Does Prayer Really Matter? Really?

We’ve all been there, haven’t we? You close your eyes, bow your head, and before a word crosses your lips you start to wonder, “Does this prayer really matter?” I mean, since when have words spoken in private ever changed global catastrophes like the war in Syria or the refugee crisis in Europe? Is prayer even all that important?

Oh, my friend, it is so important. When we pray, we’re really doing two things at the same time. We are (1) cultivating our relationship with God and (2) refining our own hearts in the process.

We pray out of a concern for others and with the faith that the One we pray to can actually hear us and cares about us. It’s an exercise in faith, plain and simple.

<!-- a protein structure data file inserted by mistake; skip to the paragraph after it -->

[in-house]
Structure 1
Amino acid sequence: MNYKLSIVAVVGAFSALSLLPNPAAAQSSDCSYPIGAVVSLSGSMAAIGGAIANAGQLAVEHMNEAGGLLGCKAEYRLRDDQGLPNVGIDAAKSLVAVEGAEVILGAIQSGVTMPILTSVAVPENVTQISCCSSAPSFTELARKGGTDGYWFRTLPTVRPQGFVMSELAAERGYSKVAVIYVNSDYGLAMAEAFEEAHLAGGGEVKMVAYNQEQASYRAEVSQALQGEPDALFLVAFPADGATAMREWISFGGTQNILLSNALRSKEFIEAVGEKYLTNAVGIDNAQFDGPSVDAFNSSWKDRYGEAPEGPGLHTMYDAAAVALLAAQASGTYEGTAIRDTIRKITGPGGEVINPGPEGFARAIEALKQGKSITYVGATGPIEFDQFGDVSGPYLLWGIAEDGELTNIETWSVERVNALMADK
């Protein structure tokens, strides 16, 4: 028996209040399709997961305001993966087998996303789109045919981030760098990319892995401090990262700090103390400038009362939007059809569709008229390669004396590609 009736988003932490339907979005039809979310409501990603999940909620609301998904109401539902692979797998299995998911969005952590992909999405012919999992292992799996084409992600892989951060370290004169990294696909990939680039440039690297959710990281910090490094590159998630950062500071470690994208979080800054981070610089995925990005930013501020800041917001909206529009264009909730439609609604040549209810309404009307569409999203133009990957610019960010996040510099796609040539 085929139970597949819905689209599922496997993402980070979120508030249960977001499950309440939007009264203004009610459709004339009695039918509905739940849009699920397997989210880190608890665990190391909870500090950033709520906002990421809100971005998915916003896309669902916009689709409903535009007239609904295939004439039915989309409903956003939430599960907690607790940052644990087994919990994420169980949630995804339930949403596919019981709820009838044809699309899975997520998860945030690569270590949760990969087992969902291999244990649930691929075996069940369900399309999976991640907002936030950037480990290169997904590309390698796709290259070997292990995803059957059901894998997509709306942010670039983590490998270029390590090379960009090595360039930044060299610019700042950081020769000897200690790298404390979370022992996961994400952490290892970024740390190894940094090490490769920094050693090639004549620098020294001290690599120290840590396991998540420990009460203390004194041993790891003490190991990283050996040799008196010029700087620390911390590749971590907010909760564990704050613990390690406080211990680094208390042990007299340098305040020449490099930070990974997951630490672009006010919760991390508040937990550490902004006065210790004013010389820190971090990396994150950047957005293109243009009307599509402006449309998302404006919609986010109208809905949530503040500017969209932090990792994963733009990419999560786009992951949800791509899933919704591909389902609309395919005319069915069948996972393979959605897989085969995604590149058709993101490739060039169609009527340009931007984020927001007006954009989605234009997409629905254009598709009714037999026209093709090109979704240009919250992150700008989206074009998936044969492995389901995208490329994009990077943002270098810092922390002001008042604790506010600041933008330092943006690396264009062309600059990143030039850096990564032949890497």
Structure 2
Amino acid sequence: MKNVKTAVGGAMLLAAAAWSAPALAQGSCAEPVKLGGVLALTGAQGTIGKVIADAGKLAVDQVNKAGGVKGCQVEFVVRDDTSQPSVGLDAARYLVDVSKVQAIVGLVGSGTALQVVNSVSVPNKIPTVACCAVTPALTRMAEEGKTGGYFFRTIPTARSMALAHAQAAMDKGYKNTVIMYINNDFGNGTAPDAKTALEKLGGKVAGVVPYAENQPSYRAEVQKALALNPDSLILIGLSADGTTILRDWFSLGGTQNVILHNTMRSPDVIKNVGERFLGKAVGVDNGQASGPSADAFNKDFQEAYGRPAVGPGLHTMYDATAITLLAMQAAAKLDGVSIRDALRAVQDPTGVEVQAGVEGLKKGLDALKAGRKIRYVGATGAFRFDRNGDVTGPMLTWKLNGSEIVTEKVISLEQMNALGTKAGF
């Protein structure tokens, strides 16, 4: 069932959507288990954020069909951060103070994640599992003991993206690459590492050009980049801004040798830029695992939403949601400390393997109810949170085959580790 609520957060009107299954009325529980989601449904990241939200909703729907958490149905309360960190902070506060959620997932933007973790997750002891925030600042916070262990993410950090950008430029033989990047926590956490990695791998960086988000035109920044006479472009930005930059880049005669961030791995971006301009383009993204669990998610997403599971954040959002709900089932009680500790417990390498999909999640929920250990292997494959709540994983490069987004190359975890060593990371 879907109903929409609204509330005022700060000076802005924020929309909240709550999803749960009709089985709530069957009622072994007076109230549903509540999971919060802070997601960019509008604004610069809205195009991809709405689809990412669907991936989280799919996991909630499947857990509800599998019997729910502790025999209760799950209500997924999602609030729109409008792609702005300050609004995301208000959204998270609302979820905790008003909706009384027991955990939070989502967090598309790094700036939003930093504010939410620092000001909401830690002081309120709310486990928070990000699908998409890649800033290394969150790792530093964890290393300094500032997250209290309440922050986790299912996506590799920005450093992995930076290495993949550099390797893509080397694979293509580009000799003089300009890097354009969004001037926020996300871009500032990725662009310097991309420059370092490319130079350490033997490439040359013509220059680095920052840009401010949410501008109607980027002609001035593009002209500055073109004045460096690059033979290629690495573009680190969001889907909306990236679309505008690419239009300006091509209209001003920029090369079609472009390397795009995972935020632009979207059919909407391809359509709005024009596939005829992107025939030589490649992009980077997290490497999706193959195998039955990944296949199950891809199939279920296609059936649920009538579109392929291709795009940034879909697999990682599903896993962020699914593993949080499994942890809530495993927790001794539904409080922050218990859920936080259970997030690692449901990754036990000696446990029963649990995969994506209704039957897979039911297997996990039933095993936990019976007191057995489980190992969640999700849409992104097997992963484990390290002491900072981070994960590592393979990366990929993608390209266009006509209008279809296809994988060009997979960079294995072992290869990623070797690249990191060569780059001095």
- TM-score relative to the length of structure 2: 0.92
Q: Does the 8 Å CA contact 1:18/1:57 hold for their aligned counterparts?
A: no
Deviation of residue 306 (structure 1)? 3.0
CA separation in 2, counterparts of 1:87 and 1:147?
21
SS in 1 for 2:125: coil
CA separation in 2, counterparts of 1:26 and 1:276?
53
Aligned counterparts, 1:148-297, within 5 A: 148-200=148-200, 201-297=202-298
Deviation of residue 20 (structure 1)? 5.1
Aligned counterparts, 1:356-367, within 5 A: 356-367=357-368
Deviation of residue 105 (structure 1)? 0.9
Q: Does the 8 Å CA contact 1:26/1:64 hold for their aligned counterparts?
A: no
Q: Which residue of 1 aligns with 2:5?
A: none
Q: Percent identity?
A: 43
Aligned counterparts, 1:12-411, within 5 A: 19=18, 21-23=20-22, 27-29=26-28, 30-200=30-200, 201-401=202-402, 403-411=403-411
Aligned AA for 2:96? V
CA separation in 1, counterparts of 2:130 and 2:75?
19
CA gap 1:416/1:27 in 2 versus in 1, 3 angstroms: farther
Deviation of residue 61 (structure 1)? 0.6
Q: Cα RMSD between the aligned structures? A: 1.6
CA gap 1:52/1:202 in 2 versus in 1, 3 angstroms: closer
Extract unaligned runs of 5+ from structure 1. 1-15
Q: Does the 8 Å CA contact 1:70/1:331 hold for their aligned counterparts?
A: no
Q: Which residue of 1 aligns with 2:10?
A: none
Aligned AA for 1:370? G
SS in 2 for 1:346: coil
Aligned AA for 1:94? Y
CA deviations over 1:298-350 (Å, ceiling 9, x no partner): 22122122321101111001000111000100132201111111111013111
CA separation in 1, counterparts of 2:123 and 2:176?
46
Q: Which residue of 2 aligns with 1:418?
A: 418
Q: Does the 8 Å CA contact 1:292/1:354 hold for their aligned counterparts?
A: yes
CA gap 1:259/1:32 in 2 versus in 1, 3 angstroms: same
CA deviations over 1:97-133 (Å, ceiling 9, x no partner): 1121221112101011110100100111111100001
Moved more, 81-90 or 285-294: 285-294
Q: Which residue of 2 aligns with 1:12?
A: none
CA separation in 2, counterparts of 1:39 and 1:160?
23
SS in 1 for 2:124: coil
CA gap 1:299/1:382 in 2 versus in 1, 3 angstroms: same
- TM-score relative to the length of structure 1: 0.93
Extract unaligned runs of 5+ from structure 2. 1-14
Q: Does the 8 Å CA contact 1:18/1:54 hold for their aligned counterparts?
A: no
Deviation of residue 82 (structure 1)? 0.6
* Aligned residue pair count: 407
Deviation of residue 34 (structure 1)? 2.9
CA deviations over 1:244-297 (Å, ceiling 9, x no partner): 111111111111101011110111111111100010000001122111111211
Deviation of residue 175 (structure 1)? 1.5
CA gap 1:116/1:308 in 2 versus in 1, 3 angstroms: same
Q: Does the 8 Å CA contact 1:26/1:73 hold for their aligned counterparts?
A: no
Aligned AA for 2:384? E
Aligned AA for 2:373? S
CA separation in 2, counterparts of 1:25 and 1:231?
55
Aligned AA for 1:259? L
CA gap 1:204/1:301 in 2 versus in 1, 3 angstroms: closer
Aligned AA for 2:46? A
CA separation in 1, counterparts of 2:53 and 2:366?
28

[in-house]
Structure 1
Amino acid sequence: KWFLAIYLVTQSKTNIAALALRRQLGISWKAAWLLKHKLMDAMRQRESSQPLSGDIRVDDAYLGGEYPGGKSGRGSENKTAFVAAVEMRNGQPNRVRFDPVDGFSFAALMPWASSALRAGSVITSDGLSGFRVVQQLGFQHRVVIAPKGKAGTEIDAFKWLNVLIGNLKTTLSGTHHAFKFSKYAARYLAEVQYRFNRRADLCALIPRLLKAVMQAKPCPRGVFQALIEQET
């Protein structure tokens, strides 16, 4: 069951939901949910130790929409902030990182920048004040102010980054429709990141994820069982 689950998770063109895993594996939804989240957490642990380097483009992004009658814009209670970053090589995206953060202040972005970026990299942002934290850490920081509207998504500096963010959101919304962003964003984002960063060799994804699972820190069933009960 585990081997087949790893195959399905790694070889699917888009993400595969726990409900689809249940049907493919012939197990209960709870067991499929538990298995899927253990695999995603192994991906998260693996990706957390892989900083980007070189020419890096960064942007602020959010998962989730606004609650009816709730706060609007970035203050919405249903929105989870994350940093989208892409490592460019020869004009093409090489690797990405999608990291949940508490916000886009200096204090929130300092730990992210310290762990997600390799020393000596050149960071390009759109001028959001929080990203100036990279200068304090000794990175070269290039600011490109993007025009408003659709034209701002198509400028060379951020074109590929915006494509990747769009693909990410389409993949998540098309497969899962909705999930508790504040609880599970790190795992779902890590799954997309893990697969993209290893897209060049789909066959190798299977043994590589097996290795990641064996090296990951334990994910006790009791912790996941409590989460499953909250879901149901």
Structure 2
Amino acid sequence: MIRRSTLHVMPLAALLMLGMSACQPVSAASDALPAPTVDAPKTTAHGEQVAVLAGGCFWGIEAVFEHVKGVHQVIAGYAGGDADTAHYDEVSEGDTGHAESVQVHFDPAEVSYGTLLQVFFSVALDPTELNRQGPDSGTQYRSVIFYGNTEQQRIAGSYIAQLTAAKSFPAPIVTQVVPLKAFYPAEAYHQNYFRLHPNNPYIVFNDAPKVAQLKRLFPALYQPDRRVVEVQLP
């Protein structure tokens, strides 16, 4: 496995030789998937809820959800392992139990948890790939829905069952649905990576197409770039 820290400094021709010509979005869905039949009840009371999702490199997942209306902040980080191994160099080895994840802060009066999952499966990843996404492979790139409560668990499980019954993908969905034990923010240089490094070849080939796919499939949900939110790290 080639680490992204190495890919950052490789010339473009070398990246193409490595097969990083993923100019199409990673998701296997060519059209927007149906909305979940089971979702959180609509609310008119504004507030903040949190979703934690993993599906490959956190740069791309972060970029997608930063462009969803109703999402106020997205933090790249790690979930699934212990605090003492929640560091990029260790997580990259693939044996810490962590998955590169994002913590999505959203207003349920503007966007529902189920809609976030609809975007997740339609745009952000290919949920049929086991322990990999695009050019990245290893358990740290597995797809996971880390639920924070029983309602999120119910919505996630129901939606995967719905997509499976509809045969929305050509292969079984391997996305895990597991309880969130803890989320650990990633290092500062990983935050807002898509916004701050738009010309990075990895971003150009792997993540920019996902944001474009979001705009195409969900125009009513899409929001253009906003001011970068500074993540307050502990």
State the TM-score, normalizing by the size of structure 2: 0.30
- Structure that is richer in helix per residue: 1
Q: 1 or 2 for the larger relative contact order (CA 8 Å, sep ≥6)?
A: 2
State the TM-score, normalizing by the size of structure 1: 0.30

By voicing our hearts to God, we also underscore how important our words are. Sometimes we find that all we need is to sit in silence, at peace in the presence of a God beyond words.

Prayer is also the first step toward action. How many examples can we find in Scripture where someone wrestled with God in prayer over something they knew they had do? Honestly, more than I’d prefer to count . . .

Ukuleles, Gratitude, and the Presence of God

There are certainly typical Thanksgiving week activities—traveling to visit family members, making pies ahead of time and putting them in the freezer, cleaning the house in preparation for company, and making gratitude trees, jars, leaves, banners, and so on—as a way to visibly express our thankfulness. And then there are the not-so-typical Thanksgiving-week activities. Like the ukulele concert I attended last night, for instance.